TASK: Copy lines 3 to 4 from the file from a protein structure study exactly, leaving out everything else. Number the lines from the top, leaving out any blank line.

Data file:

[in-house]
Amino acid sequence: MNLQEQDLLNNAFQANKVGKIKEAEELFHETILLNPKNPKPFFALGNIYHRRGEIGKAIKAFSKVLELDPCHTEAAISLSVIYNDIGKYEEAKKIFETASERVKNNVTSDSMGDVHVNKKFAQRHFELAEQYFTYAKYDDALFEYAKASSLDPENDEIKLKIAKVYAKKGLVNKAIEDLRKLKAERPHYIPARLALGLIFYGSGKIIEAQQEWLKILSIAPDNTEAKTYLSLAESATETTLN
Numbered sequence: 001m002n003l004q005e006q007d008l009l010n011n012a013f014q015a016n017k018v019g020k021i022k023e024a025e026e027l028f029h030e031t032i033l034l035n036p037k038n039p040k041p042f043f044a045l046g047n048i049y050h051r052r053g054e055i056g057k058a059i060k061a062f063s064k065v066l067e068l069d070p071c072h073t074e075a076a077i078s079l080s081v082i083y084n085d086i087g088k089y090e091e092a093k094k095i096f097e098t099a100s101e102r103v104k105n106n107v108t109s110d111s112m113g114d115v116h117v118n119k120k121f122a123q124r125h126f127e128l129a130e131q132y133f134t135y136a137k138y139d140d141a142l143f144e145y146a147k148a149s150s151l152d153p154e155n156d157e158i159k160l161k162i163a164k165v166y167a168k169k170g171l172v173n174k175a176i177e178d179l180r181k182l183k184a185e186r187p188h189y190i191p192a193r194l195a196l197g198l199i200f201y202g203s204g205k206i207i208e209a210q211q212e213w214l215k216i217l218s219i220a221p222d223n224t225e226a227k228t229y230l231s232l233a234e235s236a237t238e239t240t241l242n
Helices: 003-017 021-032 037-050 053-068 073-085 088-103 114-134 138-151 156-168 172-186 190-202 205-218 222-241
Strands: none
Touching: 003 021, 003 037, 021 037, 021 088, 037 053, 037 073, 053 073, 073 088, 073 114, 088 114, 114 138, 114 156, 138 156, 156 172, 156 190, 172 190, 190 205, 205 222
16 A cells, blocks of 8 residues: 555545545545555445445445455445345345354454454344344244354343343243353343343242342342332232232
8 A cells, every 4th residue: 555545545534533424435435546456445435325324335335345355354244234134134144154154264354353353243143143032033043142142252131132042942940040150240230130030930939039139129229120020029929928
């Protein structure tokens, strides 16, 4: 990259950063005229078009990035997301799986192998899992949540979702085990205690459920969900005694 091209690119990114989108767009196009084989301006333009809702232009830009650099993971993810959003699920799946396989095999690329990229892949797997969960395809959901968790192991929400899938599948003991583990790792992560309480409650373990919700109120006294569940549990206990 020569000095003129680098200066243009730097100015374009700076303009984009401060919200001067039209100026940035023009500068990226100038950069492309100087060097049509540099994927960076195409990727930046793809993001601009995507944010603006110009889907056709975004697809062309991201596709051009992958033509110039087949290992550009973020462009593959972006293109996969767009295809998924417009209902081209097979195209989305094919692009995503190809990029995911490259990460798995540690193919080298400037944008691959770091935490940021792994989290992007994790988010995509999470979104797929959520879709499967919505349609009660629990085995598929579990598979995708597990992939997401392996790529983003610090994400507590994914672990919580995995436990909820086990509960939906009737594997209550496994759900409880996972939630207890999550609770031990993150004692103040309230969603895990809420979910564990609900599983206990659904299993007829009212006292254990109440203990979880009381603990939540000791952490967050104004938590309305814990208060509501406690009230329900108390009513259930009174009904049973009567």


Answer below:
Numbered sequence: 001m002n003l004q005e006q007d008l009l010n011n012a013f014q015a016n017k018v019g020k021i022k023e024a025e026e027l028f029h030e031t032i033l034l035n036p037k038n039p040k041p042f043f044a045l046g047n048i049y050h051r052r053g054e055i056g057k058a059i060k061a062f063s064k065v066l067e068l069d070p071c072h073t074e075a076a077i078s079l080s081v082i083y084n085d086i087g088k089y090e091e092a093k094k095i096f097e098t099a100s101e102r103v104k105n106n107v108t109s110d111s112m113g114d115v116h117v118n119k120k121f122a123q124r125h126f127e128l129a130e131q132y133f134t135y136a137k138y139d140d141a142l143f144e145y146a147k148a149s150s151l152d153p154e155n156d157e158i159k160l161k162i163a164k165v166y167a168k169k170g171l172v173n174k175a176i177e178d179l180r181k182l183k184a185e186r187p188h189y190i191p192a193r194l195a196l197g198l199i200f201y202g203s204g205k206i207i208e209a210q211q212e213w214l215k216i217l218s219i220a221p222d223n224t225e226a227k228t229y230l231s232l233a234e235s236a237t238e239t240t241l242n
Helices: 003-017 021-032 037-050 053-068 073-085 088-103 114-134 138-151 156-168 172-186 190-202 205-218 222-241